“I wanted the answer straight: will I be able to drive?”

To his parents’ and doctors’ credit they did not sugarcoat their answer. Mike was told his chances of driving were slim. Though Mike did not like the answer, he appreciated the honesty.

This first question prompted others. The main question on Mike’s mind: What will I and what won’t I be able to do?

To get more answers, Mike investigated his condition on his own. There was one instance of research Mike will never forget.

“It was a timeline of vision loss for patients with LCA. An image of a woman was displayed, and she gradually lost the details of her facial features.”

Mike said that the reality of it was too much.

“I felt like I found myself on this visual display of vision loss. It freaked me out. Past, present, and future. I wish I hadn’t found that.”

With that video Mike let up on his personal research. He continued attending fundraisers and support groups, but his hope waned. And when it did, depression set in.

“I was not in a good place and I fell in with a bad crowd.”

“I was on a bad path. So I’m grateful for my LCA. There’s a chance if I wasn’t visually impaired I’d still be hanging out with that same crowd, and still getting in trouble.”

“I was the one with the bad vision you know. When we’d get in trouble of course I’d be the first caught.”

And Mike was caught by the law, a mistake that became one of his biggest regrets.

“Not because of the trouble I got in, that was a good life lesson. It was the trauma I put my parents through. The last thing any parent wants is a call from the cops.”

Mike’s parents even warned him.

“‘You’re going to get in trouble. You’re going to get in trouble. You’re hanging out with the wrong crowd.’”

Mike shot back with all his teenage angst.

“I’m my own person, I’m going to get in trouble!”

And Mike paid the price. For six months he was held in a juvenile military  detention center.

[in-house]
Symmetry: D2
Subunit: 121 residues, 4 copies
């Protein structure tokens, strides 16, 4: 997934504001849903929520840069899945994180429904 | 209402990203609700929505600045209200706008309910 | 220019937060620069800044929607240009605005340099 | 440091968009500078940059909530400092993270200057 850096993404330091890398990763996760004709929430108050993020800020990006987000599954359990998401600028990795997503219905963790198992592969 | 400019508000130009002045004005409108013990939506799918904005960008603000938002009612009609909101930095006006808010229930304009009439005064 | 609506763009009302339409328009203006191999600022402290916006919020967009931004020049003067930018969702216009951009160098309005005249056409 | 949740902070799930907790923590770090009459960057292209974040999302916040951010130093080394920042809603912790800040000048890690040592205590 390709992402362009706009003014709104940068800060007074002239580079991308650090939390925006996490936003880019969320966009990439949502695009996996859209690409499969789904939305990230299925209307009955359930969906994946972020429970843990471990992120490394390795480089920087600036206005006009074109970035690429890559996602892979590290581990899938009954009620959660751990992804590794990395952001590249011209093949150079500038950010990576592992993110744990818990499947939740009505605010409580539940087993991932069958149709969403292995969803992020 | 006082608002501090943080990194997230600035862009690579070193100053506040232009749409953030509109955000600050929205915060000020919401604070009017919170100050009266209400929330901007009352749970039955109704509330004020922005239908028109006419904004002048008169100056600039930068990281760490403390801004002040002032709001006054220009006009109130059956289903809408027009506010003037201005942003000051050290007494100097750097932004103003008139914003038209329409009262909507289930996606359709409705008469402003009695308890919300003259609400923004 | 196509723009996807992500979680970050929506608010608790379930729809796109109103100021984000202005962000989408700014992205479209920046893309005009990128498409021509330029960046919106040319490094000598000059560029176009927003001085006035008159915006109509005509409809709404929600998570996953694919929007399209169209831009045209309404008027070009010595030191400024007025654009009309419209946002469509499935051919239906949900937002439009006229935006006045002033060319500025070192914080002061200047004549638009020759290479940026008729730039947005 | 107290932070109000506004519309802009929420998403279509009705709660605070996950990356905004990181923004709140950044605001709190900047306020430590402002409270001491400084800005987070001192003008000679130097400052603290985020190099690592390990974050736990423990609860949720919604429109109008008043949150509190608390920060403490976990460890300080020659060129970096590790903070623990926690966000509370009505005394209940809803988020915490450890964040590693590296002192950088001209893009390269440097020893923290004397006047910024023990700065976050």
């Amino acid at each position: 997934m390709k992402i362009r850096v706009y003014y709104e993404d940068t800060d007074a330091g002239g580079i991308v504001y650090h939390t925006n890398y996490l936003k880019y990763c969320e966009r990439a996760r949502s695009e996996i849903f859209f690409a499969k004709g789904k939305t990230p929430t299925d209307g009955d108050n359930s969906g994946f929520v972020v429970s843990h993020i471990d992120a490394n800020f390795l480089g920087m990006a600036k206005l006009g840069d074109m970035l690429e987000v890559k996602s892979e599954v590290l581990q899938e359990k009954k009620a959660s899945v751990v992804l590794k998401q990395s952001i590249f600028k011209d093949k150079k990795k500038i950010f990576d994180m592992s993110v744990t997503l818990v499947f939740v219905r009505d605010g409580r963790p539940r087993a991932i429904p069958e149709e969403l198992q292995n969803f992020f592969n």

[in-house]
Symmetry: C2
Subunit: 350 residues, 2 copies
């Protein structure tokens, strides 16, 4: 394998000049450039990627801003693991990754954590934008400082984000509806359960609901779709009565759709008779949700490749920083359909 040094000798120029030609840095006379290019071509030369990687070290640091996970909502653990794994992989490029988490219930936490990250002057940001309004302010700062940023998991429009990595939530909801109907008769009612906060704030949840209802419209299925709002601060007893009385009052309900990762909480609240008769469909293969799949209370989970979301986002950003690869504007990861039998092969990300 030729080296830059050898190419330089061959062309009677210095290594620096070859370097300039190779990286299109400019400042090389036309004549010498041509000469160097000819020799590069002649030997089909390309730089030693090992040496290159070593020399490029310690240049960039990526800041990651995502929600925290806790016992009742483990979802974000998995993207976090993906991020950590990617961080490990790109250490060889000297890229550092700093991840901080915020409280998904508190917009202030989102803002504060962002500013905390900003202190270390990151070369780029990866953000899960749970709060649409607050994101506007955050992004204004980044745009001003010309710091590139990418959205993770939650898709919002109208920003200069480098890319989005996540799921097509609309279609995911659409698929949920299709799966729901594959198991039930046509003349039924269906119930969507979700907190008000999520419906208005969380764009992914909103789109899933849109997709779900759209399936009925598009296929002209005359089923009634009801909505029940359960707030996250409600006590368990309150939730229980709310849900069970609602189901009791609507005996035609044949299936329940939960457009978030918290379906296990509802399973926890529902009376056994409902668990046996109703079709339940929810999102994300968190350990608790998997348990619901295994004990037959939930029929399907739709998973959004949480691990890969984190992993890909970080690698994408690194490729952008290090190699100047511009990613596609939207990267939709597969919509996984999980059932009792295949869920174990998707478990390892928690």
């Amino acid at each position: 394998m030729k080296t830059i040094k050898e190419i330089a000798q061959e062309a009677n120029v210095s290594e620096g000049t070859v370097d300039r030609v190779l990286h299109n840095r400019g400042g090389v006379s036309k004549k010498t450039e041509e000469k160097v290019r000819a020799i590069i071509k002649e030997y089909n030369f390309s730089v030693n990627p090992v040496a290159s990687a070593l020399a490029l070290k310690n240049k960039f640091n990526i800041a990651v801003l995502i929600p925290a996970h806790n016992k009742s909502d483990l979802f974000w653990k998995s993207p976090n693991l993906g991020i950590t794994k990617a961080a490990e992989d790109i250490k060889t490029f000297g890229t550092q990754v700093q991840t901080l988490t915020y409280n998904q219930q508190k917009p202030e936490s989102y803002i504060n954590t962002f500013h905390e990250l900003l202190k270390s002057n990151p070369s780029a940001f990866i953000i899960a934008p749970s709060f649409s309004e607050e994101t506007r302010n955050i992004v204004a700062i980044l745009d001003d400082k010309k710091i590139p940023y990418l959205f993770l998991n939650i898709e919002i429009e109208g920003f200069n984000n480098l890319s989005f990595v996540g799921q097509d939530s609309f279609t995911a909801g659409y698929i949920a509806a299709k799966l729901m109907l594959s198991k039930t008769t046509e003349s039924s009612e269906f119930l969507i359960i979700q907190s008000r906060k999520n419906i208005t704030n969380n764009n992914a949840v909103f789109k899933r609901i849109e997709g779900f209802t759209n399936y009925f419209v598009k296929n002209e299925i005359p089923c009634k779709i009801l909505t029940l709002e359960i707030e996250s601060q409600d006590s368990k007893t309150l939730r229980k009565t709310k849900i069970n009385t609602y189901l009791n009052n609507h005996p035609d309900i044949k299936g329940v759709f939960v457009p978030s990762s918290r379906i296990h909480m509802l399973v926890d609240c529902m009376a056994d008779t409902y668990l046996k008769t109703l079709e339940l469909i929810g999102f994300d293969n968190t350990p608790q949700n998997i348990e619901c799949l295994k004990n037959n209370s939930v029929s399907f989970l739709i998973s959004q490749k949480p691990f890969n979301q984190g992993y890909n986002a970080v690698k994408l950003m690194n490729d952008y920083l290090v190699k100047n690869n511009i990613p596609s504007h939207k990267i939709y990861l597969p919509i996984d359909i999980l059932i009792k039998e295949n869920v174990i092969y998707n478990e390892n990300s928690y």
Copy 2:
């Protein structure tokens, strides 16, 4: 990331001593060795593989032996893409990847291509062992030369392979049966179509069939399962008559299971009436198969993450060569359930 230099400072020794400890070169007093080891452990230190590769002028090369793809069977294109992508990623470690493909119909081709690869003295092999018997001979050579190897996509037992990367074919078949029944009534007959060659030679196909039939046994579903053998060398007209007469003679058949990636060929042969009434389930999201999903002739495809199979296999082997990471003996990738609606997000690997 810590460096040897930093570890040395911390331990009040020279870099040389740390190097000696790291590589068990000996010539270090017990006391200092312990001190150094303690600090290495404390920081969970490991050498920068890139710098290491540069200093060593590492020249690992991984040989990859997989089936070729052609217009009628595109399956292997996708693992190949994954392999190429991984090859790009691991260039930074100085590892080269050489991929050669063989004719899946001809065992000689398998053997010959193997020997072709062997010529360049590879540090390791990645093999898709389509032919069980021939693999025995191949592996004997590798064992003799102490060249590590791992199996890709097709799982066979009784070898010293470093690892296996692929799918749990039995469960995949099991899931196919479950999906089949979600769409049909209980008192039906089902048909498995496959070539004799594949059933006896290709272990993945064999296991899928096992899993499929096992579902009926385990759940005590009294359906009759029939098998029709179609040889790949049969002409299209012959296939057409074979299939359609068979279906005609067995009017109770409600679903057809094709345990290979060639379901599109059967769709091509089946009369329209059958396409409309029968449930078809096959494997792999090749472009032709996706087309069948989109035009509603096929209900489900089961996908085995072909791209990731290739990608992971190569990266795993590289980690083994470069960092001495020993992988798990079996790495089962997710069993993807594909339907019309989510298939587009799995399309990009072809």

“I was on a bad path. So I’m grateful for my LCA. There’s a chance if I wasn’t visually impaired I’d still be hanging out with that same crowd, and still getting in trouble.”

Mike knows that he would not be the person he is without his past. He needed a wake up call to take control of his life.

In 2007 Mike’s life took a turn for the better. Mike was attending a fundraiser for research in RP and LCA in San Jose. During the fundraiser Mike met a woman.

She asked Mike what he was interested in. Mike answered psychology, as he was and is fascinated with the mind and human experience.  

After chatting awhile the woman proposed a opportunity.

“She said that I should lead support groups for visually impaired youth. I guess she saw something in me that I didn’t see in myself at the time.”

Before he knew it Mike was working for a non-profit in Santa Clara County. He was leading support groups making kids smile and laugh.

Mike had a knack for counseling. The troubles of his past made Mike empathetic to the struggles of the youths he counseled. That and his charm made him an excellent counselor.

One afternoon a mother of one of the kids sat in on a group session. The session went well, and afterwards the mom approached him.

“She said that I should lead support groups for visually impaired youth. I guess she saw something in me that I didn’t see in myself at the time.”

“She told me I was great with the kids, and I was a good role model. She got to talking about this camp, and said I’d be a great counselor.”

With a call and a short interview Mike got the job.